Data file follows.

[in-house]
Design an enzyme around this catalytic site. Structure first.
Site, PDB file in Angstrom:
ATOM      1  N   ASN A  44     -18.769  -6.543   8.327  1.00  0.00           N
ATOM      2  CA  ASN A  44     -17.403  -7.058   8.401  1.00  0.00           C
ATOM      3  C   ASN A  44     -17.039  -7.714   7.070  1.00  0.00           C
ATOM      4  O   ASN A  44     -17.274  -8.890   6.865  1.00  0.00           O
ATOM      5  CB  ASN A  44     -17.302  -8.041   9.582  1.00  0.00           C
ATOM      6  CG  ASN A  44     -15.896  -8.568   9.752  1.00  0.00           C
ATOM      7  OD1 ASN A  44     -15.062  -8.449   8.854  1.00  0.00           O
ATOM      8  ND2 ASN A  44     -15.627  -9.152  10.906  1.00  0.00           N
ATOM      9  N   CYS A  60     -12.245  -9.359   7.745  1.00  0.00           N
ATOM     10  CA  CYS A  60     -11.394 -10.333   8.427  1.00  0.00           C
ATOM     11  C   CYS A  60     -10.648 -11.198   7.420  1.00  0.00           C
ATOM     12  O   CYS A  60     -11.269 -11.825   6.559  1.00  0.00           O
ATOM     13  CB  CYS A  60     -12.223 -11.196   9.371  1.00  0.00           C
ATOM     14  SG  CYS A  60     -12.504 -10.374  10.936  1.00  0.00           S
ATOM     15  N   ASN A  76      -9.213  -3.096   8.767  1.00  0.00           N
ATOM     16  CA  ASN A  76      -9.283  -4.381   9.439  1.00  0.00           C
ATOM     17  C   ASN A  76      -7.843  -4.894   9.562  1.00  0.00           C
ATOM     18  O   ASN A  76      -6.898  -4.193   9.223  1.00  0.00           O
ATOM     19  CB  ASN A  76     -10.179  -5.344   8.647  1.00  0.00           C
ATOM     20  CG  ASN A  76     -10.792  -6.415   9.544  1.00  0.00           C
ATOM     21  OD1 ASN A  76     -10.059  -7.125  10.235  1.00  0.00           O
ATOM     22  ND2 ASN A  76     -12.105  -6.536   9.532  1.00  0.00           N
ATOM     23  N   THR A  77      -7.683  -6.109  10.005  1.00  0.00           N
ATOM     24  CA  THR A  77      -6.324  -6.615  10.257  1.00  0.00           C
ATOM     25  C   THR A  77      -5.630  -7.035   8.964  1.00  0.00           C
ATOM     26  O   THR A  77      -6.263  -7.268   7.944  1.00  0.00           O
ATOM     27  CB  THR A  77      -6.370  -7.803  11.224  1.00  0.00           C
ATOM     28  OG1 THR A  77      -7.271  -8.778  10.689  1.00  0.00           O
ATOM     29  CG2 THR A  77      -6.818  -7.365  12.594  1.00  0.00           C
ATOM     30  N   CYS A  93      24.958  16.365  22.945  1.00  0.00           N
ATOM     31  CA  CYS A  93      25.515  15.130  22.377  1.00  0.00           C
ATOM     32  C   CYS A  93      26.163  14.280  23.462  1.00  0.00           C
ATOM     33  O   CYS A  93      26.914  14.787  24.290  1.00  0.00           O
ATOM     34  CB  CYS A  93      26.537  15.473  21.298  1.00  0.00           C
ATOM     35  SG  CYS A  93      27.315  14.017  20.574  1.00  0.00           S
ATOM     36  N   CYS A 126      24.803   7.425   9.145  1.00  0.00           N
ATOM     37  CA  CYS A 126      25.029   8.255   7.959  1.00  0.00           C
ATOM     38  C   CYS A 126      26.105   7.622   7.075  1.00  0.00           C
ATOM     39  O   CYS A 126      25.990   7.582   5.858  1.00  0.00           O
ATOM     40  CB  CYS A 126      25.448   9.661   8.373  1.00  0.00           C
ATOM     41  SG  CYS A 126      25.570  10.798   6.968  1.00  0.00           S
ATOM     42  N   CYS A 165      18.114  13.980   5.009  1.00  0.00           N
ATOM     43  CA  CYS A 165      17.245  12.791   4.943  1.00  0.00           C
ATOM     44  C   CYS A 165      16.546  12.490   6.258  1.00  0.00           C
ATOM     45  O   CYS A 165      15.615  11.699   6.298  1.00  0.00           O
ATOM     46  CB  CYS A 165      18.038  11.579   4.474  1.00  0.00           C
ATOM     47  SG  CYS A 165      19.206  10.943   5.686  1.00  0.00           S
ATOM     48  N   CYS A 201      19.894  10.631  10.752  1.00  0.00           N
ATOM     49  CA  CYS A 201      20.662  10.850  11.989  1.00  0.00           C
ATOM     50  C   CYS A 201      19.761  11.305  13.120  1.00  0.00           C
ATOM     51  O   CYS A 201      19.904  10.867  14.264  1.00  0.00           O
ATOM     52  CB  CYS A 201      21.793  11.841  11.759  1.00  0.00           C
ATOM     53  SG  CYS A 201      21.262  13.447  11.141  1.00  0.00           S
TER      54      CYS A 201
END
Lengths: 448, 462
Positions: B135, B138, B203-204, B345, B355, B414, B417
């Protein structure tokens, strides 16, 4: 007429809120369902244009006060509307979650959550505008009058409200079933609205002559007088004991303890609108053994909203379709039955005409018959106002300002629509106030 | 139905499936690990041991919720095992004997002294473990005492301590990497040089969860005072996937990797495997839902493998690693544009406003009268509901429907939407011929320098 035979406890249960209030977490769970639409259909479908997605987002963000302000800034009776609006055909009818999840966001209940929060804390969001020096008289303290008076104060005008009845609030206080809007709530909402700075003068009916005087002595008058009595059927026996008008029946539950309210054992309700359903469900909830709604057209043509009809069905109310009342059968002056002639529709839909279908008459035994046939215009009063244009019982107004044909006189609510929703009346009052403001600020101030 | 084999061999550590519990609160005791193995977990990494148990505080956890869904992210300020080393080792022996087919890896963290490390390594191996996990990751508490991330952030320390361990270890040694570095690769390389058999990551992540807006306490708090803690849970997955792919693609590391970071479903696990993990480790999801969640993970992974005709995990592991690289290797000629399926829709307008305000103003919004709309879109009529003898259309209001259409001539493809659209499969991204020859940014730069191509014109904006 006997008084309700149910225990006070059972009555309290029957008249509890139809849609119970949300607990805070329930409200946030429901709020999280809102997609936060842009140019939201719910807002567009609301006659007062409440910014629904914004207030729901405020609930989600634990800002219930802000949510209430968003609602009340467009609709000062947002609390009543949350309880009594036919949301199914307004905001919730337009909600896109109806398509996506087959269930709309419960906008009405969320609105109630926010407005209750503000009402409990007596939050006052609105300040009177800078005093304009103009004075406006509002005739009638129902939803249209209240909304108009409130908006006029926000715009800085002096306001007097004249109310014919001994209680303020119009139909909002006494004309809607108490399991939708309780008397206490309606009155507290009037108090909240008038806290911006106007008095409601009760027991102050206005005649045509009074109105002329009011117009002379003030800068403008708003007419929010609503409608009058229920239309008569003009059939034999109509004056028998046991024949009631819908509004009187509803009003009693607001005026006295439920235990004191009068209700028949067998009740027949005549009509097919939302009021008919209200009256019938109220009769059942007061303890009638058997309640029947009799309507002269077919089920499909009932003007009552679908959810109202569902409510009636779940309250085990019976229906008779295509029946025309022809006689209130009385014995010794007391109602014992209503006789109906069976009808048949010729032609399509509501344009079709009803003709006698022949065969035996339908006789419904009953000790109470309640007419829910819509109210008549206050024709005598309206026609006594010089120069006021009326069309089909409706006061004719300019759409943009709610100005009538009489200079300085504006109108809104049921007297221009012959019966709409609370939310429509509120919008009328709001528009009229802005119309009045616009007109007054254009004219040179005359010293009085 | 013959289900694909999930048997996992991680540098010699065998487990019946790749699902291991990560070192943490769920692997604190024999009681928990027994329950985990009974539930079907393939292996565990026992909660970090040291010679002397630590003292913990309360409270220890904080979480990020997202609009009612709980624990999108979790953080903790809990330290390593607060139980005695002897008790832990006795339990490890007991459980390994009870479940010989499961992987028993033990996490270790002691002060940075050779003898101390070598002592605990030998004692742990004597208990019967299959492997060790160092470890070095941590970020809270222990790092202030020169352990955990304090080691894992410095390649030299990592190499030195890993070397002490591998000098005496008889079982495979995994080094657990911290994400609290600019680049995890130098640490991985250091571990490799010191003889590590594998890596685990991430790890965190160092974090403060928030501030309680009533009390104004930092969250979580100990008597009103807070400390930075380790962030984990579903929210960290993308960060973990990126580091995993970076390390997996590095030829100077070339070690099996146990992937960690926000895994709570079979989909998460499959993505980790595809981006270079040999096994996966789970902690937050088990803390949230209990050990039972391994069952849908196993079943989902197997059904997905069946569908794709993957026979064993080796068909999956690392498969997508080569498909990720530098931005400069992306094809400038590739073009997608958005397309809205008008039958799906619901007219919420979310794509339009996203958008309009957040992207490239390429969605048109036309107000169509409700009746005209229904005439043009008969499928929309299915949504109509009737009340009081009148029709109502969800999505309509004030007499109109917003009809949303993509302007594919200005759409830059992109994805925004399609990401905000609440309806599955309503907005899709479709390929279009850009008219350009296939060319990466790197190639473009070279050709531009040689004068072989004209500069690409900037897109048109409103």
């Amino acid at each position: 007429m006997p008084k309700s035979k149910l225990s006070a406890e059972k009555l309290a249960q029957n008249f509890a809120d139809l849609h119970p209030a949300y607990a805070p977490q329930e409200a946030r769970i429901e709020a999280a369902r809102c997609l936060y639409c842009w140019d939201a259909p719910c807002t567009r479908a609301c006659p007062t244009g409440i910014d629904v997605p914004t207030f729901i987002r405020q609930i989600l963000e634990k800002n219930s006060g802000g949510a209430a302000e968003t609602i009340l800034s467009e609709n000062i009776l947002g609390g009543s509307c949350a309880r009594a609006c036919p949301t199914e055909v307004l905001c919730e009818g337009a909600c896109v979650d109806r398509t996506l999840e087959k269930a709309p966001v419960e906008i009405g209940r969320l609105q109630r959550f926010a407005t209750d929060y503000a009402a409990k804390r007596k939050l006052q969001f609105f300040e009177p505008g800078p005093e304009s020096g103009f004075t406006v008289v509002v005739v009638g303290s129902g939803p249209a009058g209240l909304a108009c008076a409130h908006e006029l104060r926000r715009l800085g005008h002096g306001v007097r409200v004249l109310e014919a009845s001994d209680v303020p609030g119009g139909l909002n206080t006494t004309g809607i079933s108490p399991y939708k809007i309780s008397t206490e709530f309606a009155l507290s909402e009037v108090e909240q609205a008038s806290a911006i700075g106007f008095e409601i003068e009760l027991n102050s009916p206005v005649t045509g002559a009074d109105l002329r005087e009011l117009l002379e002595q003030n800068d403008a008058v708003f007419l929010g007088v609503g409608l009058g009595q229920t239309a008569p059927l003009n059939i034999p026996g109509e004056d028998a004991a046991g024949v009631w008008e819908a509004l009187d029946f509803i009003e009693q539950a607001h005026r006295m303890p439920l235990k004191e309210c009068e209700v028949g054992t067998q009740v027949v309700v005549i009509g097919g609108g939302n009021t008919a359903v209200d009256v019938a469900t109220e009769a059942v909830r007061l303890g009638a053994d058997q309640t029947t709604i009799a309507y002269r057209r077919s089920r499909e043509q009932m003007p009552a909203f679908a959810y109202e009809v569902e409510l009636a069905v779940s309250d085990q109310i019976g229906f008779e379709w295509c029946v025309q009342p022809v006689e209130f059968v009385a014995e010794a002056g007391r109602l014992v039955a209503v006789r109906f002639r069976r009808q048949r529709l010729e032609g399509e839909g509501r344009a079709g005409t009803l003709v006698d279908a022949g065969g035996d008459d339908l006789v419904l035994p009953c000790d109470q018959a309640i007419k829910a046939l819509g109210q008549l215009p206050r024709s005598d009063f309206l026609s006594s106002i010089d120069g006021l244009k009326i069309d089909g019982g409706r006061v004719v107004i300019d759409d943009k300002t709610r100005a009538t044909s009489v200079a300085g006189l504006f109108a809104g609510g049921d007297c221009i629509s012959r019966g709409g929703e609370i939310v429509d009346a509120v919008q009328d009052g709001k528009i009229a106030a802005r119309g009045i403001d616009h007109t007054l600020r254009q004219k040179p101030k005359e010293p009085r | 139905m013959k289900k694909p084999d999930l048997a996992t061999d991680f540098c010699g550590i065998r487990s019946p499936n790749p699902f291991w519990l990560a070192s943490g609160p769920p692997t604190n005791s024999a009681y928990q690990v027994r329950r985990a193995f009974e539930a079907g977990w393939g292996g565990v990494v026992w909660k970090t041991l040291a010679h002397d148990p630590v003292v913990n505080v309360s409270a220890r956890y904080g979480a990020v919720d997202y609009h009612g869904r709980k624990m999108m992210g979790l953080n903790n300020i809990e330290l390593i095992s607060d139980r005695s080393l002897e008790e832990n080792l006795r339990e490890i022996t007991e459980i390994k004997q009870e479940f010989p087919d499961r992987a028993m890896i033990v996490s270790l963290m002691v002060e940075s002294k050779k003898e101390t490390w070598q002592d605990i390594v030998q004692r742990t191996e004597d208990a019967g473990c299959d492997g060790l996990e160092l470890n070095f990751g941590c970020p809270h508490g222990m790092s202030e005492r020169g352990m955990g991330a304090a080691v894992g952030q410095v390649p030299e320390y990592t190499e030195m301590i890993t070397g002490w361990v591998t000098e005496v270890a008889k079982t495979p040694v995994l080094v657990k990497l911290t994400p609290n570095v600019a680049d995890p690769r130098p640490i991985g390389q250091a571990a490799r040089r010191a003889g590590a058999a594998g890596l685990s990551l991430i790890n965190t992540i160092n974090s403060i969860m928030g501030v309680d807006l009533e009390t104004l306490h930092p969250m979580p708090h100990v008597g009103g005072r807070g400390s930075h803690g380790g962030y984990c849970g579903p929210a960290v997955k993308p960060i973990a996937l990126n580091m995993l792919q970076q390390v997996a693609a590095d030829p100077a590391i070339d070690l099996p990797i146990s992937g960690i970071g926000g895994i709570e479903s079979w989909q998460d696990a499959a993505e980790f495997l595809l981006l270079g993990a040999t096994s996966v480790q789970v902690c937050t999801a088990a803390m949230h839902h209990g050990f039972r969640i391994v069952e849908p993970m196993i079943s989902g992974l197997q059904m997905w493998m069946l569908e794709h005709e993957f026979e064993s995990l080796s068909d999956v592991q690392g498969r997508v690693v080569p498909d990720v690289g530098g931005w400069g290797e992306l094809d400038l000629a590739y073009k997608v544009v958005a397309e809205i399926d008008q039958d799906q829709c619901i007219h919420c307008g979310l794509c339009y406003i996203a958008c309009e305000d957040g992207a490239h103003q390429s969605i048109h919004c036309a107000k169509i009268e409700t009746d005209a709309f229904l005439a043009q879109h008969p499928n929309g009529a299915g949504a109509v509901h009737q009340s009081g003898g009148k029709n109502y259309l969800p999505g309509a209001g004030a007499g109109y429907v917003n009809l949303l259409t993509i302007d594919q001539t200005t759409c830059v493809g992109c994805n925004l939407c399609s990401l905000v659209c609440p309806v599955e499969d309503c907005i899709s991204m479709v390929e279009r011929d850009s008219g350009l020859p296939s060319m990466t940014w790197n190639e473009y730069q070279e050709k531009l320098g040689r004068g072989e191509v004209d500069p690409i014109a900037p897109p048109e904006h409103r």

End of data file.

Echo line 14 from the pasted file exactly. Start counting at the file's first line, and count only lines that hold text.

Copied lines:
ATOM     11  C   CYS A  60     -10.648 -11.198   7.420  1.00  0.00           C